ARS853 reduced the interaction of KRASG12C with the catalytic subunit of SOS (Fig. 3E) and attenuated SOS-mediated nucleotide exchange by KRASG12C (fig. S6E). These findings suggest that ARS853 traps KRASG12C in a GDP-bound conformation by lowering its affinity for nucleotide exchange factors. It is therefore possible that nucleotide exchange activity modulates the effect of ARS853. We tested whether RAS mutations that affect nucleotide exchange alter the sensitivity of KRASG12C to ARS853 (Fig. 3F). Y40A, N116H, and A146V increase, whereas Y32S decreases, nucleotide exchange (2224). Mutations that increase exchange attenuated the effect of ARS853 on KRASG12C-GTP, whereas Y32S caused a small augmentation of its effect (Fig. 3, G and H, and fig. S6, F and G). These data imply that potentiation of nucleotide exchange reduces sensitivity to ARS853, by lowering the levels of GDP-bound KRASG12C available for drug binding.

If the inhibitor works by the trapping mechanism suggested by these data (Fig. 4A), then cellular parameters regulating nucleotide exchange ought to modulate the inhibition of KRASG12C. Exposure to epidermal growth factor (EGF), an activator of SOS (25), delayed the inhibition of KRASG12C by ARS853 by several hours compared to inhibition in serum-free medium (Fig. 4B and fig. S7A). Treatment with an EGF receptor (EGFR) inhibitor (fig. S7, B and C) or SOS-specific small interfering RNAs (fig. S7D) had the opposite effect. We determined if EGFR signaling affects the inhibition of the mutant KRASG12C allele, by expressing hemagglutinin (HA)–tagged KRASG12C in EGFR-mutant PC9 cells, in which nucleotide exchange depends on EGFR (26, 27). The specific effect on the mutant allele was determined by pulling down active KRAS and then immunoblotting for HA-tagged KRASG12C. ARS853 inhibited GTP-bound KRASG12C more potently in the presence of gefitinib, as compared to its absence (fig. S7E). Furthermore, EGFR inhibition enhanced the suppression of KRAS-GTP levels by ARS853 in both KRASG12C homozygous and heterozygous cells (fig. S7F). Receptor tyrosine kinase (RTK) signaling and nucleotide exchange are also subject to feedback inhibition by ERK or AKT (28). Mitogen-activated protein kinase kinase (MEK) or AKT inhibitors relieve this feedback and activated RTK signaling (29, 30). Inhibiting these pathways also attenuated the inhibitory effect of ARS853 (fig. S7, G and H). Taken together, these findings show that RTK-mediated nucleotide exchange regulates the kinetics and potency of KRASG12C inhibition in cancer cells.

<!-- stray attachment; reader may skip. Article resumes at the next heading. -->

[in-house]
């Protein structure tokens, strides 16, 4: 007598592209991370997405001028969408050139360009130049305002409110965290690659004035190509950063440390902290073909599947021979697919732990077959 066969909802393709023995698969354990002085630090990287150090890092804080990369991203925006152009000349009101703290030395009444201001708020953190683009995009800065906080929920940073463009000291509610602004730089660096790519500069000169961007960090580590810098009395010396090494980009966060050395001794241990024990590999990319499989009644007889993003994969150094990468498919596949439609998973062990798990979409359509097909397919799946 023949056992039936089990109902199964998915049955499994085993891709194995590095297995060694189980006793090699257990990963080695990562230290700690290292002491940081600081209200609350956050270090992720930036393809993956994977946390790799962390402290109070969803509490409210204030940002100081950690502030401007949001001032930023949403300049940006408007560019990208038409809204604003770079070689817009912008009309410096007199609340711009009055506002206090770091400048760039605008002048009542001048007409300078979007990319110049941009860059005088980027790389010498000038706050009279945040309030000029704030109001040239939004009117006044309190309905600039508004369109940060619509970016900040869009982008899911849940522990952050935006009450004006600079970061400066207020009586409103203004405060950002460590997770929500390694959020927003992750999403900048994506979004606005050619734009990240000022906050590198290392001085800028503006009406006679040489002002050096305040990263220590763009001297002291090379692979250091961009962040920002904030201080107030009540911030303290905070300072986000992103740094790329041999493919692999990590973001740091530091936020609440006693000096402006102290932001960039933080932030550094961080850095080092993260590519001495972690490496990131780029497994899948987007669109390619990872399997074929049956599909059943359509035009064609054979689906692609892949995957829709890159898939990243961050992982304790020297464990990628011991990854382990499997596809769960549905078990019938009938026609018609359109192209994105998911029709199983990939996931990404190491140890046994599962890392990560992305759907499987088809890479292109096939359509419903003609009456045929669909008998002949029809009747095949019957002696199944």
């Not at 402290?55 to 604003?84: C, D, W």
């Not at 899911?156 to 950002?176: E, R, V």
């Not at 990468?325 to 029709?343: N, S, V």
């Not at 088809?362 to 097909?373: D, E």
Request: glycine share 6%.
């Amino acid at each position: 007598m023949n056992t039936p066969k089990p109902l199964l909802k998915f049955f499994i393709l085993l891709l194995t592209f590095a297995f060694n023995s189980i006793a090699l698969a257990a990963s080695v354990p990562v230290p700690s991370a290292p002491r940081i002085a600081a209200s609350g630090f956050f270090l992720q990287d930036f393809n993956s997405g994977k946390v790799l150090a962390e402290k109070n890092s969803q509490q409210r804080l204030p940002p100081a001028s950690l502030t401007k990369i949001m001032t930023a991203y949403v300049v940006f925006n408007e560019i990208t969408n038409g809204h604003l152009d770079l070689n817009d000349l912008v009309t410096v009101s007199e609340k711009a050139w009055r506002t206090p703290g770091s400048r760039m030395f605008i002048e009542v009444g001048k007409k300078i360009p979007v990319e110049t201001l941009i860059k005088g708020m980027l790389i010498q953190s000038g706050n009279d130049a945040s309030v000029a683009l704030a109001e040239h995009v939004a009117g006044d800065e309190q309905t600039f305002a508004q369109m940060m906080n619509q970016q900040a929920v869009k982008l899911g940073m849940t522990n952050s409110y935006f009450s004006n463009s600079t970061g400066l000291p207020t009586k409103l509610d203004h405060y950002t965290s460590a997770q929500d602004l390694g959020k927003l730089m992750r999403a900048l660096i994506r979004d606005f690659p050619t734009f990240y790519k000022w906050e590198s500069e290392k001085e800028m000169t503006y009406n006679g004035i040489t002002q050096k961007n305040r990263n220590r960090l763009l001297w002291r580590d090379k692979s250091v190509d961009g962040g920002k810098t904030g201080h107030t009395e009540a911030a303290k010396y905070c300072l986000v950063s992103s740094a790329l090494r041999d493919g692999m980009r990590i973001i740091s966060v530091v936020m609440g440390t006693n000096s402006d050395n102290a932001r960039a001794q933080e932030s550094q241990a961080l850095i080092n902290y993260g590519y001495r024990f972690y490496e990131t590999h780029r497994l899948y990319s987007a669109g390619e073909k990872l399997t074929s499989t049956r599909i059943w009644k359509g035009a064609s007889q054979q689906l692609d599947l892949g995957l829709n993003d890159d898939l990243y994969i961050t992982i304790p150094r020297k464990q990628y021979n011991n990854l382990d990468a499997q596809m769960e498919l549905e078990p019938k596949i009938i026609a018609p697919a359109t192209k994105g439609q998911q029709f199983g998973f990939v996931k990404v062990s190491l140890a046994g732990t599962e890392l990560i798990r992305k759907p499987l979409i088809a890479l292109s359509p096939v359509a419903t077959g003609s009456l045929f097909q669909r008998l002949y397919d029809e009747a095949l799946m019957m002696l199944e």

Fig. 4 Tyrosine kinase activation of nucleotide exchange modulates KRASG12C inhibition in cancer cells.

(A) A schematic of the trapping mechanism by which ARS853 targets KRASG12C-dependent signaling and the role of RTK- or feedback-regulated nucleotide exchange in this process. Structures were adapted from Protein Data Bank accessions 4luc (inhibitor-bound KRASG12C-GDP), 4ldj (KRASG12C-GDP), and 4l9w (HRASG12C-GTP). (B) H358 cells were serum starved overnight followed by treatment with ARS853 (10 μM), with or without EGF (100 ng/ml) for the indicated times, to determine the effect on KRAS-GTP. A representative of two independent experiments is shown. (C) The indicated cell lines, selected because of their relative insensitivity to KRASG12C inhibition, were treated with inhibitors of RTK signaling, alone or in combination with ARS853 for 5 days, in order to determine the most effective combinations. The effect of treatment is shown relative to the proliferation of untreated cells. The dots indicate combination treatments resulting in significantly more pronounced inhibition, compared to either drug alone (n = 3 replicates, mean). DMSO, dimethyl sulfoxide. (D) The effect of inhibitors targeting tyrosine kinases on the antiproliferative effect of KRASG12C inhibition in KRASG12C mutant cell lines (n = 3 replicates, mean and SEM). The concentrations of the inhibitors used in (C) and (D) are noted in Materials and Methods.